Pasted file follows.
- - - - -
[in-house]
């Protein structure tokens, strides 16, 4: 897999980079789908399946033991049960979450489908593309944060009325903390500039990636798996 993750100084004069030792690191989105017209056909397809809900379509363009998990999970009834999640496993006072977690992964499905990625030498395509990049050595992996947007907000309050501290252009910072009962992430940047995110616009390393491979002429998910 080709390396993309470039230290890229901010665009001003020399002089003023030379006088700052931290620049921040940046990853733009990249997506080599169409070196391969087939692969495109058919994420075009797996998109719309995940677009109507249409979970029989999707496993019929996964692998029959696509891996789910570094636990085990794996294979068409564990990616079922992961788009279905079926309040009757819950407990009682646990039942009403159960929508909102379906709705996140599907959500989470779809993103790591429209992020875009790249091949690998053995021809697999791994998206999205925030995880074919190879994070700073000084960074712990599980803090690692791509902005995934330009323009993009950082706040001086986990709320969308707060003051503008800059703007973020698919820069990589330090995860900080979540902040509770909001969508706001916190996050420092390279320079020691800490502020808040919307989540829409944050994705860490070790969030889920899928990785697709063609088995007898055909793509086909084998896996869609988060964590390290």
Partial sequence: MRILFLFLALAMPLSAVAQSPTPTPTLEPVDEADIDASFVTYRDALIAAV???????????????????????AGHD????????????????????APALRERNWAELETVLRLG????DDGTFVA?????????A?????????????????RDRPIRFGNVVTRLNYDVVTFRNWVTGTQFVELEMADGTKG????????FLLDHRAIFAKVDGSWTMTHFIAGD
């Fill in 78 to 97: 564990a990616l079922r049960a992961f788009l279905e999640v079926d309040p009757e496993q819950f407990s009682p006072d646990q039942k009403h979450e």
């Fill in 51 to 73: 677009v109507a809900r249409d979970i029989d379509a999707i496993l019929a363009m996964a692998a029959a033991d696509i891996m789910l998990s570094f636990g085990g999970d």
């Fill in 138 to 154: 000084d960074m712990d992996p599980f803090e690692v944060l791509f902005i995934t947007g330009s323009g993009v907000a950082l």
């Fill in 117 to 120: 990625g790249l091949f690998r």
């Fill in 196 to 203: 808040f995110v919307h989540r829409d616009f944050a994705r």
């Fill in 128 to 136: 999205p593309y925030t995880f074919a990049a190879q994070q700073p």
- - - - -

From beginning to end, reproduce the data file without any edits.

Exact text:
[in-house]
């Protein structure tokens, strides 16, 4: 897999980079789908399946033991049960979450489908593309944060009325903390500039990636798996 993750100084004069030792690191989105017209056909397809809900379509363009998990999970009834999640496993006072977690992964499905990625030498395509990049050595992996947007907000309050501290252009910072009962992430940047995110616009390393491979002429998910 080709390396993309470039230290890229901010665009001003020399002089003023030379006088700052931290620049921040940046990853733009990249997506080599169409070196391969087939692969495109058919994420075009797996998109719309995940677009109507249409979970029989999707496993019929996964692998029959696509891996789910570094636990085990794996294979068409564990990616079922992961788009279905079926309040009757819950407990009682646990039942009403159960929508909102379906709705996140599907959500989470779809993103790591429209992020875009790249091949690998053995021809697999791994998206999205925030995880074919190879994070700073000084960074712990599980803090690692791509902005995934330009323009993009950082706040001086986990709320969308707060003051503008800059703007973020698919820069990589330090995860900080979540902040509770909001969508706001916190996050420092390279320079020691800490502020808040919307989540829409944050994705860490070790969030889920899928990785697709063609088995007898055909793509086909084998896996869609988060964590390290």
Partial sequence: MRILFLFLALAMPLSAVAQSPTPTPTLEPVDEADIDASFVTYRDALIAAV???????????????????????AGHD????????????????????APALRERNWAELETVLRLG????DDGTFVA?????????A?????????????????RDRPIRFGNVVTRLNYDVVTFRNWVTGTQFVELEMADGTKG????????FLLDHRAIFAKVDGSWTMTHFIAGD
């Fill in 78 to 97: 564990a990616l079922r049960a992961f788009l279905e999640v079926d309040p009757e496993q819950f407990s009682p006072d646990q039942k009403h979450e």
């Fill in 51 to 73: 677009v109507a809900r249409d979970i029989d379509a999707i496993l019929a363009m996964a692998a029959a033991d696509i891996m789910l998990s570094f636990g085990g999970d």
């Fill in 138 to 154: 000084d960074m712990d992996p599980f803090e690692v944060l791509f902005i995934t947007g330009s323009g993009v907000a950082l």
């Fill in 117 to 120: 990625g790249l091949f690998r």
């Fill in 196 to 203: 808040f995110v919307h989540r829409d616009f944050a994705r």
């Fill in 128 to 136: 999205p593309y925030t995880f074919a990049a190879q994070q700073p």